In our quest to see some wild orangutans without too much effort being involved, we visited the orangutan sanctuary at the rather more rural Shangri-La sister hotel, Rasa Ria. While there we had lunch at the Rasa Ria Pool Restaurant which was surprisingly good considering they were serving food round a swimming pool. The only techical hitch was the added protein provided by the number of tiny flies dive-bombing the food. N. and I shared really excellent deep fried squid and fabulous Malay laksa. The laksa was probably Sarawak Laksa but there seem to be so many varieties that I couldn't be sure. The base of the noodle soup was spicy with a sweet coconut flavour. The prawns were huge and the omelette pieces floating in it really soaked up the sauce. This was definitely a Malay dish I want to explore further!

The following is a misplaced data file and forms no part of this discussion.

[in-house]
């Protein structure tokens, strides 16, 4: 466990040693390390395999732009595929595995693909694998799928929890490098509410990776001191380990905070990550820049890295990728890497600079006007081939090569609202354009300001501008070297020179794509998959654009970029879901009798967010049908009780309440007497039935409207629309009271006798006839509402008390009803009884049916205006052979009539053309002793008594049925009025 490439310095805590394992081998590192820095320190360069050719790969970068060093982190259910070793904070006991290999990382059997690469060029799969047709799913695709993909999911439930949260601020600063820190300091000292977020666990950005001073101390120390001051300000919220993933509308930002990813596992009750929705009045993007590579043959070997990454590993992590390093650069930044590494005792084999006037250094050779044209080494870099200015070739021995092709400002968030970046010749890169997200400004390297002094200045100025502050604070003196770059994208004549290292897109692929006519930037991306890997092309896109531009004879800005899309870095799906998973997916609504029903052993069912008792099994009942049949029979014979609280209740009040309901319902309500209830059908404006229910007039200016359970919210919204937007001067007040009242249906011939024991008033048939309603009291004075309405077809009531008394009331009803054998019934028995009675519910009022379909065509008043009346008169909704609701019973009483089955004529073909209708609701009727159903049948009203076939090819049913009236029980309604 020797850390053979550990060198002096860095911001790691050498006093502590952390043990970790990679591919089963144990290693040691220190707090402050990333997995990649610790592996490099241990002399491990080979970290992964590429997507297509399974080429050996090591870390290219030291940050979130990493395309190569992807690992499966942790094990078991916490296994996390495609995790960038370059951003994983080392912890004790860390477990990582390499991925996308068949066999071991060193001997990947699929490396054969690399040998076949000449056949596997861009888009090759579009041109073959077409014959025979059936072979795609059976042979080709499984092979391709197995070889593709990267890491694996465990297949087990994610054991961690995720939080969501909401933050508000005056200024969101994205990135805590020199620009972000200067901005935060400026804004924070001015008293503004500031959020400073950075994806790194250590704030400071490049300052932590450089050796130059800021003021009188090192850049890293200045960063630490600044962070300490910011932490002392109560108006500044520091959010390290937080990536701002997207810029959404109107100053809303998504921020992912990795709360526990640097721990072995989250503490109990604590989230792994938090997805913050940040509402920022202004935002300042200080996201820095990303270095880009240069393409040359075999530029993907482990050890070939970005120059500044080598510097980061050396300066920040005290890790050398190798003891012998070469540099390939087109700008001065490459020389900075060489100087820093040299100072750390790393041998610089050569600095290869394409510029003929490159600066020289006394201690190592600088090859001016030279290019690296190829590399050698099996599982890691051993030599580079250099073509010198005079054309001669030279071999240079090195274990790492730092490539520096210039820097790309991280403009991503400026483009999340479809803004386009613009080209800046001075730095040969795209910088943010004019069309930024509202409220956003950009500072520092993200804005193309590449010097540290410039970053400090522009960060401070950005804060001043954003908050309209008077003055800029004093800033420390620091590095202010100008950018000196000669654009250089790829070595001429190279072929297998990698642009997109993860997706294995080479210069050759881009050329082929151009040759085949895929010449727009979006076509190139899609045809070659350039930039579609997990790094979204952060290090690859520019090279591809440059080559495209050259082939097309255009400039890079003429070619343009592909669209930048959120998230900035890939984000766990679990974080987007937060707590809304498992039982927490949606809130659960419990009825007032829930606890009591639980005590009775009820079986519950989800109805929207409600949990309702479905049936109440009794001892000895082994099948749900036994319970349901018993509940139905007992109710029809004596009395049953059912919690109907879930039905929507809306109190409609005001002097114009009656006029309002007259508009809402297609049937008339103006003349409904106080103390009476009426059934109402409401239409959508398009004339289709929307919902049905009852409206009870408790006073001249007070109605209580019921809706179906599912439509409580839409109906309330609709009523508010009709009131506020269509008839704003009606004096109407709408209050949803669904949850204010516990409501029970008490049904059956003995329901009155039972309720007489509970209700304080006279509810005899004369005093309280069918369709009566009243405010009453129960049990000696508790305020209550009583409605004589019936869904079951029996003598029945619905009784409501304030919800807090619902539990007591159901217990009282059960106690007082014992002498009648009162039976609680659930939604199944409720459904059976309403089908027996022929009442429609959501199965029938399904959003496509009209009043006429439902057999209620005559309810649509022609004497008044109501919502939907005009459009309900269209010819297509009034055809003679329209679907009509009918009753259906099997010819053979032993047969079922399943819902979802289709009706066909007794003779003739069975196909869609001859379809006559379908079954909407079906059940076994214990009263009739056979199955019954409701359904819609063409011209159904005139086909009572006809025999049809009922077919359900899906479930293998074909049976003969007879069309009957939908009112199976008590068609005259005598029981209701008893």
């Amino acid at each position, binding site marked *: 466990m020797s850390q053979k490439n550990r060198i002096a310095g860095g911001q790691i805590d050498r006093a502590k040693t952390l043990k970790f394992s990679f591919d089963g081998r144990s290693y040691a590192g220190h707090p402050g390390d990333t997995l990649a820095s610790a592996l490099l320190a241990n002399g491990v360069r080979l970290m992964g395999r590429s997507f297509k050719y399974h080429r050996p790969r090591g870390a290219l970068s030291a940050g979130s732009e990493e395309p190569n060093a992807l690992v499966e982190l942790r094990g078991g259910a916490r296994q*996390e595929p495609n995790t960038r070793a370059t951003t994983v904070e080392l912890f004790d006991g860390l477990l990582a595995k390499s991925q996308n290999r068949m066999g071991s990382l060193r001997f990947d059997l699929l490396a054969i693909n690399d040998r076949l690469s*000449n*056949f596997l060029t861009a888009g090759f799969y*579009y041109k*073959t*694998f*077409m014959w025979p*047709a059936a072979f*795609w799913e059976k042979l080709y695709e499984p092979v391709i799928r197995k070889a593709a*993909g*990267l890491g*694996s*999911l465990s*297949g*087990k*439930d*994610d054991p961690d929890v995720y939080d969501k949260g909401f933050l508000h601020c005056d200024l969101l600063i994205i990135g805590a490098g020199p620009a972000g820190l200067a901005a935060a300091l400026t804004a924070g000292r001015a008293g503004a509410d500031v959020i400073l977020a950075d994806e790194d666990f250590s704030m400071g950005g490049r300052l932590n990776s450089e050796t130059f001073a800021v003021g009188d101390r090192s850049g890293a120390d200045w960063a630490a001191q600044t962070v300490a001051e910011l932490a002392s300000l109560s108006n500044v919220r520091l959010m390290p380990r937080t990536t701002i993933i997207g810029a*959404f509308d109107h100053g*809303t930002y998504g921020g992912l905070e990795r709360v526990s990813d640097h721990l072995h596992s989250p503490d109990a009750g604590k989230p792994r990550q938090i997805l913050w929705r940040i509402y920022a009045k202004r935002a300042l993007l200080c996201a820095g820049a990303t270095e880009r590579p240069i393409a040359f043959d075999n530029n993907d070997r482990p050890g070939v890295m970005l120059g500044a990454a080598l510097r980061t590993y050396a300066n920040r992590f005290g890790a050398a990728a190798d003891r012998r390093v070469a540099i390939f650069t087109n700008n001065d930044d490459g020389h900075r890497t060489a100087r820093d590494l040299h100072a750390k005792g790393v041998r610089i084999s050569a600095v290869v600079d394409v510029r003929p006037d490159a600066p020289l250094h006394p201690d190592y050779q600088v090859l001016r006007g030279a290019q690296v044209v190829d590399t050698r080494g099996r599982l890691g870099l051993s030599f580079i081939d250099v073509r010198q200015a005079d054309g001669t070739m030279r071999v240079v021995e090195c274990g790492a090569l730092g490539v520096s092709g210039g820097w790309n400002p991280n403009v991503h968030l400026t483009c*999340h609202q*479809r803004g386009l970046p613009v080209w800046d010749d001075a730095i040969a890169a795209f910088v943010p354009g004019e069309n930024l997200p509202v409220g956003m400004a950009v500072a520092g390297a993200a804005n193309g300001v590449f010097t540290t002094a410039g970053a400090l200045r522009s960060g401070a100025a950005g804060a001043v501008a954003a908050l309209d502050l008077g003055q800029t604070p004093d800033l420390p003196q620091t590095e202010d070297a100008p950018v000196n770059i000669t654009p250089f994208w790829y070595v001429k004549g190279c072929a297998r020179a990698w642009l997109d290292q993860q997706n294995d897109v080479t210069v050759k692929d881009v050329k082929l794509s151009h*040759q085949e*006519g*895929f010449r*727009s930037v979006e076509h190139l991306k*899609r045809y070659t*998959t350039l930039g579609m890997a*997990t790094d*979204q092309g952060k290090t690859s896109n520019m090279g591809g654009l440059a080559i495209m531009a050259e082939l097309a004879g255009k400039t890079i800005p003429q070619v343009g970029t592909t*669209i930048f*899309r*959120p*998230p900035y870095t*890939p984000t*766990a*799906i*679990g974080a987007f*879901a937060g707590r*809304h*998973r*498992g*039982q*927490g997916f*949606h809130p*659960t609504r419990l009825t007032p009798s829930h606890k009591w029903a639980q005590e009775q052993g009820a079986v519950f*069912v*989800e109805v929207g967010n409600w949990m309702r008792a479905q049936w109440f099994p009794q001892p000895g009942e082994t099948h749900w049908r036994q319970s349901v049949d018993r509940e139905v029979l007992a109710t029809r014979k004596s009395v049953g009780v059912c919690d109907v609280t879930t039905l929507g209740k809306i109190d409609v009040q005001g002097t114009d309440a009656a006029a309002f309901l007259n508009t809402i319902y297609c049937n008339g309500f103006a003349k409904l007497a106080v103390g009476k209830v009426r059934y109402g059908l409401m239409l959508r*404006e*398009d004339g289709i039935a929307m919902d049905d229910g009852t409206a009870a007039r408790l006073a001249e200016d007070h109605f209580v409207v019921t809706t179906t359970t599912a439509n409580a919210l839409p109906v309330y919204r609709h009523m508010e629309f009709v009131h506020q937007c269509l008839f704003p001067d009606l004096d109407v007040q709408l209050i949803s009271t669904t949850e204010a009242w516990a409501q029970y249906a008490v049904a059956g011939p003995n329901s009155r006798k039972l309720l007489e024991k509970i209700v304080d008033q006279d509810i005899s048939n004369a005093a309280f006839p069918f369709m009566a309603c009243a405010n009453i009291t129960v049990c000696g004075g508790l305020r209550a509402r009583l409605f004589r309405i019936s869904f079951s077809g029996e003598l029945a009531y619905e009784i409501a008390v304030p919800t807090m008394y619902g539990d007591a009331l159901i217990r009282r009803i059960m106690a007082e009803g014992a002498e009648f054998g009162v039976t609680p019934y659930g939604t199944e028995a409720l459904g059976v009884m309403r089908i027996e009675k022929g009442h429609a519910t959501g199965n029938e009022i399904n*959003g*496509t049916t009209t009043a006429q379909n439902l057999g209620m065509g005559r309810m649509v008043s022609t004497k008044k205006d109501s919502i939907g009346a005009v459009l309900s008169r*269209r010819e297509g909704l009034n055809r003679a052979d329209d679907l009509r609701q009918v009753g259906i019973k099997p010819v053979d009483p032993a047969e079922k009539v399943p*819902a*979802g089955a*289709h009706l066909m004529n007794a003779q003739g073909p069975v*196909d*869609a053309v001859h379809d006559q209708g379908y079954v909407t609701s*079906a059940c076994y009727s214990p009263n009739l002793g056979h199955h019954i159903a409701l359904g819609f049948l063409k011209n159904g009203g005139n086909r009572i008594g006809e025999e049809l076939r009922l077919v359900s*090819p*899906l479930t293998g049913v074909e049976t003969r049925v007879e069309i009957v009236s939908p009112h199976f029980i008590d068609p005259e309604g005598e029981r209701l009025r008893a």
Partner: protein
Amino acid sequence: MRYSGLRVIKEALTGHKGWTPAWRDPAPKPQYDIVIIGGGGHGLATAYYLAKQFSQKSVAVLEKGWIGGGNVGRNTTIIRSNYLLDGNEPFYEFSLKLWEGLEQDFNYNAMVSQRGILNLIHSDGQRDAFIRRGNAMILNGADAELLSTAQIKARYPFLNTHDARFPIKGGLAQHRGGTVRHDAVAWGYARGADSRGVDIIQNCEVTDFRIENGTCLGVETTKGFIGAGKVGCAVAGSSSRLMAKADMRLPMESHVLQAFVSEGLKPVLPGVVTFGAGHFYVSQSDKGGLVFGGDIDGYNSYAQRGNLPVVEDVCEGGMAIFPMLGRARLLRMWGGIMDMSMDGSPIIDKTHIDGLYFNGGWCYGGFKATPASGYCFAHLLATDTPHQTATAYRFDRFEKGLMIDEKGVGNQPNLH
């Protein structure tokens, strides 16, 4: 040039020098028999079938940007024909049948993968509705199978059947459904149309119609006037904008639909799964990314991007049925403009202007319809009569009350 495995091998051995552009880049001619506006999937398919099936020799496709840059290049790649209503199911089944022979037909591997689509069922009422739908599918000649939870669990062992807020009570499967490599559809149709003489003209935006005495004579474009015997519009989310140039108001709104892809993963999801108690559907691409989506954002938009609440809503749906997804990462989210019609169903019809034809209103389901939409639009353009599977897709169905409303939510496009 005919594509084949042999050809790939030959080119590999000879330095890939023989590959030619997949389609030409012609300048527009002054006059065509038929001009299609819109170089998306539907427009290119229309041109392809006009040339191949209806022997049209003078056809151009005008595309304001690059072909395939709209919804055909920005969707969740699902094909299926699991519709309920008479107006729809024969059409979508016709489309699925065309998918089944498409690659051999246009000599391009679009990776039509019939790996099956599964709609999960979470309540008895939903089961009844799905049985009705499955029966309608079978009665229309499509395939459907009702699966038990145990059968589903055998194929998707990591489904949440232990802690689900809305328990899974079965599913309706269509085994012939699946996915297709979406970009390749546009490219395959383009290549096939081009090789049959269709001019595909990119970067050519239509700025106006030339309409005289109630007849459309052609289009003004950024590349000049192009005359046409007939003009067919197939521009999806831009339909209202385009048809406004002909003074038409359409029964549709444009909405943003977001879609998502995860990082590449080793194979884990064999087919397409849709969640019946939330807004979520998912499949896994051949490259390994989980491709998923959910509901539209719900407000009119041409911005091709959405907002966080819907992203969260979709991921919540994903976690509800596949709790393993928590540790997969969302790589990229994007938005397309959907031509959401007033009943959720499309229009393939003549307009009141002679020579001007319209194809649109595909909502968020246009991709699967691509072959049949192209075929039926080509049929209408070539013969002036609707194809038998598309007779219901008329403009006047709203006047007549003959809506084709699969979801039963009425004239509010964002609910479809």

After a tiring day exhausting ourselves with excessive snorkelling (yep, going for the sympathy vote...) the idea of even leaving the grounds of the hotel for dinner seemed just too much to contemplate so we went to Coco Joes, the BBQ restaurant in the hotel's garden by the pool. Now I know that a BBQ is supposed to be a chilled affair but the staff took it to whole new levels - N. and I selected our fish (in my case slipper lobster, tiger prawns and local sole) and waited, and waited, and waited.... In the meantime L. got her burger and finished it. Finally, after lots of rather longing looks at the burger, the fish arrived (without the sweetcorn, baked potato and bread it was supposed to come with). To be fair, it was beautifully cooked and tasted delicious and fresh, but was seriously undermined by the incredible wait (although I think we probably got off lightly - one family near us left without eating after 1 1/2 hours!). I imagine it was a bad day and, in fairnesss, (when it came) it was cooked beautifully but still, the service seriously let Coco Joes down.